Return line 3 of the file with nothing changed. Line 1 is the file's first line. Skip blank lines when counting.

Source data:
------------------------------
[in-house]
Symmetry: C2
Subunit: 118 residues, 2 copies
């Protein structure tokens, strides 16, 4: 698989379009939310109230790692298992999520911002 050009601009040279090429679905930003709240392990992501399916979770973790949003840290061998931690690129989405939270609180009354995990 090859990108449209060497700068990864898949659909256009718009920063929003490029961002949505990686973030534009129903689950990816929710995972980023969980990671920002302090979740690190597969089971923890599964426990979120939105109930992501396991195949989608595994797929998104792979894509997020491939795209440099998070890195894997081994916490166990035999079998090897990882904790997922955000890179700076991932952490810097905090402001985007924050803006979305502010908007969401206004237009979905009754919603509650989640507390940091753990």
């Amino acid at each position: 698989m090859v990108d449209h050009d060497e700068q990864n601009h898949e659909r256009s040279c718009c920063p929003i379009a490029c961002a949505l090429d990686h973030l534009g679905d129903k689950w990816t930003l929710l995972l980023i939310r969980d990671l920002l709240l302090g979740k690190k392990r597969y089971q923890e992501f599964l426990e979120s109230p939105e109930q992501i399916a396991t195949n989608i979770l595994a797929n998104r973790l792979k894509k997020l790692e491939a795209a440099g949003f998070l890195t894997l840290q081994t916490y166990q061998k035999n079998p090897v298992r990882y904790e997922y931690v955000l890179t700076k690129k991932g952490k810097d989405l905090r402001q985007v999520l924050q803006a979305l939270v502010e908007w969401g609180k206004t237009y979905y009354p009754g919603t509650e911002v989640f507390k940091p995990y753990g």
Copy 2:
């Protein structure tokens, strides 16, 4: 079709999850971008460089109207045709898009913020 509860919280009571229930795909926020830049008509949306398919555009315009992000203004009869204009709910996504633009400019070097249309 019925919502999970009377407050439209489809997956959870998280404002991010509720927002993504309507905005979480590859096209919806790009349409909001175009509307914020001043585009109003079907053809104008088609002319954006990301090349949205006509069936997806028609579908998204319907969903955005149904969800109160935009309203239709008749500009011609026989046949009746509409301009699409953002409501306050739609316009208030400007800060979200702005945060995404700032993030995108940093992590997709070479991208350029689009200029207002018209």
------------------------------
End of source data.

Subunit: 118 residues, 2 copies